Major banks are setting climate targets. What the agricultural finance sector needs to know.
Many major banks have set targets to reduce financed greenhouse gas emissions in their loan portfolios to zero by 2050 (also known as net zero targets). They join a growing movement of companies throughout the agricultural supply chain to set ambitious targets to reach net zero by 2050 to prevent the most severe impacts from climate change.
The Banking for Impact on Climate in Agriculture (B4ICA) initiative recently published “An introductory guide for net zero target setting for farm-based agricultural emissions” that shares best practices for banks to set net zero GHG emissions targets for their agricultural loan portfolios. The guidance helps banks setting agricultural sector emissions reduction targets as part of their commitments to the Net Zero Banking Alliance — an alliance of 122 banks representing 40% of global bank assets that have committed to aligning their assets with net zero GHG emissions by 2050 or sooner.
The guidance was developed in collaboration with a group of multinational banks with agricultural portfolios, but its information is useful beyond the largest banks. Farmers around the world are served by an array of different financial institutions, including cooperatives and community banks. Even if these agricultural lenders do not have plans to set net zero emissions targets, there are three things they can learn from the net zero target setting movement and B4ICA guidance about how to build strategies and engage farmer borrowers on climate-related issues.
The transition to a net zero economy can present business risks and opportunities
The transition to reduce agricultural GHG emissions presents both risks and opportunities for farmers and their financial partners. A global survey of 167 agricultural finance institutions across North America, Europe and India conducted by EDF and Deloitte, shows that 86% of respondents expect the transition to a net zero economy will present material risks to their business. Meanwhile, 59% of respondents said that climate change will also present opportunities to their business.
Understanding the GHG emissions associated with different segments of agricultural loan portfolios can indicate which borrowers may face pressure from consumer trends or climate policy, and which borrowers may benefit from grant and market opportunities for reducing their emissions. Agricultural finance institutions may also need to answer questions about transition risk from investors and financial regulators.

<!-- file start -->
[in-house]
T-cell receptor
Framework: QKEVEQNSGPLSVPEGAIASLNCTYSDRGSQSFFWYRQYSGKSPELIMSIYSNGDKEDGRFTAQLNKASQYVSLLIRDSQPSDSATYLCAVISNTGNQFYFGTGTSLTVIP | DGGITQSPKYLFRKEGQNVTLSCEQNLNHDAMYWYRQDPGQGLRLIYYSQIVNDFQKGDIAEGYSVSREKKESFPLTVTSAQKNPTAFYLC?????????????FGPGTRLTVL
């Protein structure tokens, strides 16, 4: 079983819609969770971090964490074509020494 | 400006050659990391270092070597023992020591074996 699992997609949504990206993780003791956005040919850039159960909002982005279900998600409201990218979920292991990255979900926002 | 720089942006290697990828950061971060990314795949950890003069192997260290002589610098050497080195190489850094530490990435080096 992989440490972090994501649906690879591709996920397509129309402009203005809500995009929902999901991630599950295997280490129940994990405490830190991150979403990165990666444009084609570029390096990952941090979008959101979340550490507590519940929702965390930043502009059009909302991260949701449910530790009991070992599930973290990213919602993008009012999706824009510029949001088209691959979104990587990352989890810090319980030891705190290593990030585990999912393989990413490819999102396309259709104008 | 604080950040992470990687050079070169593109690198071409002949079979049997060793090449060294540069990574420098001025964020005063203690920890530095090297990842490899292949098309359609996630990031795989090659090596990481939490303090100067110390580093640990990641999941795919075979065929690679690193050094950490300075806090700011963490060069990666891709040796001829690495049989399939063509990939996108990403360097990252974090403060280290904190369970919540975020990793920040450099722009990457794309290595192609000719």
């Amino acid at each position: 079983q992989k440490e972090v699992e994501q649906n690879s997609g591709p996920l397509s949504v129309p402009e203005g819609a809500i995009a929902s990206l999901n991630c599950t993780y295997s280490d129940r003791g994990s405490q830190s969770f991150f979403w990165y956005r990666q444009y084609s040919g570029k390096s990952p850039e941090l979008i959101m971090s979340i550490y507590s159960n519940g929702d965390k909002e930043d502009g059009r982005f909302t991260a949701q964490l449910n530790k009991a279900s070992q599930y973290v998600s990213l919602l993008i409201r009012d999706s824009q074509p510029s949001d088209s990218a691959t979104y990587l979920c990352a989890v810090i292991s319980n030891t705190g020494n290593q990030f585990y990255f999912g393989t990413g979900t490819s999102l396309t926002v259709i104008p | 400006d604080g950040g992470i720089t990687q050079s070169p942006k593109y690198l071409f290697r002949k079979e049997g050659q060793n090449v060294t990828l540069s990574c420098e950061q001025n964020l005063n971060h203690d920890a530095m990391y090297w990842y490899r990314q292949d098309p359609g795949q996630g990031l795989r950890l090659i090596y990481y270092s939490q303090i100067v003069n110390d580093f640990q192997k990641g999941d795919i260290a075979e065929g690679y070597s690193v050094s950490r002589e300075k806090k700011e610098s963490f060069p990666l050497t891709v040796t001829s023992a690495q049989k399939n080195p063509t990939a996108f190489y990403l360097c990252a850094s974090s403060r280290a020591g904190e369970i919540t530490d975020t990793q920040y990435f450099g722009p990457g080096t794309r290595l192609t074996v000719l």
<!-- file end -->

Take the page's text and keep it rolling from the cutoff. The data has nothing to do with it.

There are simple ways to estimate the emissions in agricultural portfolios
Measuring the GHG emissions of an agricultural loan portfolio can be done using information about the types of agricultural production financed, the management practices and technologies employed on farms, inputs to farm production, energy use information, and soil and land data. EDF and Deloitte’s survey of agricultural finance institutions found that 68% of respondents collect at least some farm production practice data, but most will need to collaborate with external partners to understand the emissions of their portfolios.
The new guidance presents analytical approaches to estimate GHG emissions in agricultural loan portfolios. One approach is to use emissions factors, which are scientifically estimated GHG emissions figures for sets of agricultural activities. For example, rather than directly measuring the amount of GHG emissions from beef operation borrowers, lenders can estimate emissions by multiplying the emissions factor for beef cattle in the region by the number of cattle in each borrowers’ operations. This simplified approach allows agricultural lenders to estimate emissions based on a more limited data set.
Understanding climate topics can help with client engagement
Agricultural finance institutions are often trusted advisers and valuable sources of information for their farmer borrowers. To sustain these relationships, they must maintain fluency in major issues that impact farmers, such as climate stressors in their region and emerging market opportunities associated with climate-smart agriculture. They can also act proactively to support their farmer clients who are interested in adopting climate-smart practices.
For example, earlier this year Farmers Business Network launched a farm operating line that provides farmers a 0.5% interest rate rebate if they meet climate and water quality benchmarks set by EDF. Interested farmers quickly filled the initial $25 million fund, and FBN is now doubling the fund in its second year to engage more of their farmer members and connect them with additional funding from food companies and the U.S. Department of Agriculture.
Agricultural finance institutions can deepen their partnerships with their farmer clients by understanding the landscape of opportunities associated with climate-smart agriculture. The B4ICA guidance is a useful tool for lenders to understand the steps their peers in the agricultural finance sector are taking to address climate change in their portfolios and consider how this can inform their own climate strategies.